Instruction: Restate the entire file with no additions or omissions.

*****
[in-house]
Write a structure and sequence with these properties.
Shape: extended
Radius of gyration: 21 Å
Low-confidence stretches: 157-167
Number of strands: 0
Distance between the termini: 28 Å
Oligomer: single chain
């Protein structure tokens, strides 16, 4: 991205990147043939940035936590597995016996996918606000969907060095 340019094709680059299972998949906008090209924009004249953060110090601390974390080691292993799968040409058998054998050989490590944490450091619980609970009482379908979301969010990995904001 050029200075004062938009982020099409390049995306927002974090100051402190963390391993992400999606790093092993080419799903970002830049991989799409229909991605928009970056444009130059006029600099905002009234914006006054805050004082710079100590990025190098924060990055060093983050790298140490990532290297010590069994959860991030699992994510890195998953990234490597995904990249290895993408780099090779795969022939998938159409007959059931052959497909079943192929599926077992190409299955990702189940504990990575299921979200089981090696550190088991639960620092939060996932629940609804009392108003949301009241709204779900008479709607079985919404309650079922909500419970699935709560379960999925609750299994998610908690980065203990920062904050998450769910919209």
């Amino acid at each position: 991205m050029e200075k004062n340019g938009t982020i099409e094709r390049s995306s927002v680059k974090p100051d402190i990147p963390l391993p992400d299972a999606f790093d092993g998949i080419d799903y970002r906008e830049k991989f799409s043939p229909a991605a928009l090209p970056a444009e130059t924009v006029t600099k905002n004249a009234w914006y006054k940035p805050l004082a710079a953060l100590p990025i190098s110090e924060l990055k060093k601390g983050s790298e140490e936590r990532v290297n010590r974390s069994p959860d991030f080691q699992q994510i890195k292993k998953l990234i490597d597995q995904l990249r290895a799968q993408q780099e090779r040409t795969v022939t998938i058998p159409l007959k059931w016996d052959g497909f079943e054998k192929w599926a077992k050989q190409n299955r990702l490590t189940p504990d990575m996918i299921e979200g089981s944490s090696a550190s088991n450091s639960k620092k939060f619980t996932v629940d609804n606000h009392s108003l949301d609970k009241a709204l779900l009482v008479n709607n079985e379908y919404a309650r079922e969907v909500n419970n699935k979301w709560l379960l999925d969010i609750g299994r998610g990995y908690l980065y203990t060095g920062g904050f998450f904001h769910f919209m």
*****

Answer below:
[in-house]
Write a structure and sequence with these properties.
Shape: extended
Radius of gyration: 21 Å
Low-confidence stretches: 157-167
Number of strands: 0
Distance between the termini: 28 Å
Oligomer: single chain
């Protein structure tokens, strides 16, 4: 991205990147043939940035936590597995016996996918606000969907060095 340019094709680059299972998949906008090209924009004249953060110090601390974390080691292993799968040409058998054998050989490590944490450091619980609970009482379908979301969010990995904001 050029200075004062938009982020099409390049995306927002974090100051402190963390391993992400999606790093092993080419799903970002830049991989799409229909991605928009970056444009130059006029600099905002009234914006006054805050004082710079100590990025190098924060990055060093983050790298140490990532290297010590069994959860991030699992994510890195998953990234490597995904990249290895993408780099090779795969022939998938159409007959059931052959497909079943192929599926077992190409299955990702189940504990990575299921979200089981090696550190088991639960620092939060996932629940609804009392108003949301009241709204779900008479709607079985919404309650079922909500419970699935709560379960999925609750299994998610908690980065203990920062904050998450769910919209």
């Amino acid at each position: 991205m050029e200075k004062n340019g938009t982020i099409e094709r390049s995306s927002v680059k974090p100051d402190i990147p963390l391993p992400d299972a999606f790093d092993g998949i080419d799903y970002r906008e830049k991989f799409s043939p229909a991605a928009l090209p970056a444009e130059t924009v006029t600099k905002n004249a009234w914006y006054k940035p805050l004082a710079a953060l100590p990025i190098s110090e924060l990055k060093k601390g983050s790298e140490e936590r990532v290297n010590r974390s069994p959860d991030f080691q699992q994510i890195k292993k998953l990234i490597d597995q995904l990249r290895a799968q993408q780099e090779r040409t795969v022939t998938i058998p159409l007959k059931w016996d052959g497909f079943e054998k192929w599926a077992k050989q190409n299955r990702l490590t189940p504990d990575m996918i299921e979200g089981s944490s090696a550190s088991n450091s639960k620092k939060f619980t996932v629940d609804n606000h009392s108003l949301d609970k009241a709204l779900l009482v008479n709607n079985e379908y919404a309650r079922e969907v909500n419970n699935k979301w709560l379960l999925d969010i609750g299994r998610g990995y908690l980065y203990t060095g920062g904050f998450f904001h769910f919209m």